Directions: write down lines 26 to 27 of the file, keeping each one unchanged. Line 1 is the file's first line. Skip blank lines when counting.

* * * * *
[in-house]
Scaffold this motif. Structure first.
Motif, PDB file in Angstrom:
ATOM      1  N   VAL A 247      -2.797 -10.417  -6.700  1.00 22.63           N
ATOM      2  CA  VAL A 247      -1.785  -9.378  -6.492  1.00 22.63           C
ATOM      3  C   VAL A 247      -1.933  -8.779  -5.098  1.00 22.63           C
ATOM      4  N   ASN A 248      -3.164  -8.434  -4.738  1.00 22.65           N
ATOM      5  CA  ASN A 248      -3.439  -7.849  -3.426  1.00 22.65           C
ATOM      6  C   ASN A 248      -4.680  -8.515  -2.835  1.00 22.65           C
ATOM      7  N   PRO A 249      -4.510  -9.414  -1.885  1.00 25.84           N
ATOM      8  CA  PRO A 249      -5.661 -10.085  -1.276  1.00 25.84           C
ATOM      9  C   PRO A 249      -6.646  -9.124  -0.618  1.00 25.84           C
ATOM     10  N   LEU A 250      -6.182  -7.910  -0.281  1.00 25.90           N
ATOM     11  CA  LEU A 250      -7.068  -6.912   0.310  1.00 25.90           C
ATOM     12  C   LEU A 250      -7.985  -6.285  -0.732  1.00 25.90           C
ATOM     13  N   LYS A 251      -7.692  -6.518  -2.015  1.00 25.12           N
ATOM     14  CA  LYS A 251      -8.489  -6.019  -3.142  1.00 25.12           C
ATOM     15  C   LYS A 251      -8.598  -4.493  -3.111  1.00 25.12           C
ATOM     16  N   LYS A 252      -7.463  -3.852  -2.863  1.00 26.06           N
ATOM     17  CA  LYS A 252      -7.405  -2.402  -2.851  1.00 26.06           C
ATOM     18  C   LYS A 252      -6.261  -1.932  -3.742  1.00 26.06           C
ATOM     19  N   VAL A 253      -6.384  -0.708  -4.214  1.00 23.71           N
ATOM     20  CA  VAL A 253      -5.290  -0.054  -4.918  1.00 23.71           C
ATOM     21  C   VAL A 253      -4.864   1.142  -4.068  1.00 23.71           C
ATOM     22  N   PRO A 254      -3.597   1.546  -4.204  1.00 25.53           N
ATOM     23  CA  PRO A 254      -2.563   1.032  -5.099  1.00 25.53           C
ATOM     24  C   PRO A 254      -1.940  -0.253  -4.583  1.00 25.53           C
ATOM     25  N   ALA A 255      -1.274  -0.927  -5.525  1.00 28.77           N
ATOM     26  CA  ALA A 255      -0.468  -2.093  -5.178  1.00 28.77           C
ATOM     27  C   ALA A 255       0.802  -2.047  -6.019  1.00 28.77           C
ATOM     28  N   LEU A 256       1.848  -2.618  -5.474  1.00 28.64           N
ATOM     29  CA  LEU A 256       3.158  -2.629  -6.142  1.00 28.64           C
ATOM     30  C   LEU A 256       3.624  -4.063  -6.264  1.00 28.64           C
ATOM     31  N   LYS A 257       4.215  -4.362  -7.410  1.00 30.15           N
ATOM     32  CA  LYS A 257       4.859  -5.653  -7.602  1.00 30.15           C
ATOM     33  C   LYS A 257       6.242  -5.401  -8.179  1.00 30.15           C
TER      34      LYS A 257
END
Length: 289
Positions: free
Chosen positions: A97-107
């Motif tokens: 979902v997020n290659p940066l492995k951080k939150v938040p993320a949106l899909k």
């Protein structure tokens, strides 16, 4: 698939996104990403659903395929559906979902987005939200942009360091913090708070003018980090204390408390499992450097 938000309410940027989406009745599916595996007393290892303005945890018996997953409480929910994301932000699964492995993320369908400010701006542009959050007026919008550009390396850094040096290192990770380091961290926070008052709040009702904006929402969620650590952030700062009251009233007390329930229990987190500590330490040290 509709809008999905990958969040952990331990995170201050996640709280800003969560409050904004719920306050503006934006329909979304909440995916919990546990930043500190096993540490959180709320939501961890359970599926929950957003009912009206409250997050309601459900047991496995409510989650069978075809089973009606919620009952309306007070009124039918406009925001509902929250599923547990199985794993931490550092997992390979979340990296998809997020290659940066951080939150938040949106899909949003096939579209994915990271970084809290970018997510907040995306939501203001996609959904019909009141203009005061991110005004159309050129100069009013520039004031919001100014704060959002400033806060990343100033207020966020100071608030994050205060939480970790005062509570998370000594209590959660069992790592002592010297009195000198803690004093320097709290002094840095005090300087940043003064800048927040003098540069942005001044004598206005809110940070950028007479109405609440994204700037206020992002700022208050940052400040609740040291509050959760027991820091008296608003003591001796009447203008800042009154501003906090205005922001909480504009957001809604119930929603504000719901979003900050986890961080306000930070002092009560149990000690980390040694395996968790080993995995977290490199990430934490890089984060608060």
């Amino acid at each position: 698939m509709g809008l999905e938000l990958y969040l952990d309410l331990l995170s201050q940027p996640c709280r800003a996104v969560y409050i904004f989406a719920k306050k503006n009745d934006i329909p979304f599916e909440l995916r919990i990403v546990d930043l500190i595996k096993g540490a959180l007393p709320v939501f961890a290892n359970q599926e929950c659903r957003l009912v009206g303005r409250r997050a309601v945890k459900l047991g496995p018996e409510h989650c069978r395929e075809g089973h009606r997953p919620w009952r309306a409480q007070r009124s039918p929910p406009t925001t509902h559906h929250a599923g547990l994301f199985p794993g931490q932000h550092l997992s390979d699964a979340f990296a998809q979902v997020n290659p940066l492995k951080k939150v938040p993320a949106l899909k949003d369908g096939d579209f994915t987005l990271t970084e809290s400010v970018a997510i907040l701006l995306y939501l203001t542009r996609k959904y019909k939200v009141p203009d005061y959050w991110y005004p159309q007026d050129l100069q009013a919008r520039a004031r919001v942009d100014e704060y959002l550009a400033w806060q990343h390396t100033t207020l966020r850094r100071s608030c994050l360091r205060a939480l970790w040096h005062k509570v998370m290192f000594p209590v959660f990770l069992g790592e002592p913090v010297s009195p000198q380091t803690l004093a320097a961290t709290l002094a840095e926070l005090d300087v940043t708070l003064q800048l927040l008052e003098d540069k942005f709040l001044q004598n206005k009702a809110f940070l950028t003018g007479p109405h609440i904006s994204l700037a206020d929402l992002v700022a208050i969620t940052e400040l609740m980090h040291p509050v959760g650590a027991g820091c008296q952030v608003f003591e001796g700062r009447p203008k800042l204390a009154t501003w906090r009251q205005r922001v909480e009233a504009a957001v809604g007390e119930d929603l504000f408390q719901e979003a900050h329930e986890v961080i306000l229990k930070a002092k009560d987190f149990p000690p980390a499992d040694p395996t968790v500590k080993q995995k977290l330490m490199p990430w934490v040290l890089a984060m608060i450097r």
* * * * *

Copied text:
ATOM     23  CA  PRO A 254      -2.563   1.032  -5.099  1.00 25.53           C
ATOM     24  C   PRO A 254      -1.940  -0.253  -4.583  1.00 25.53           C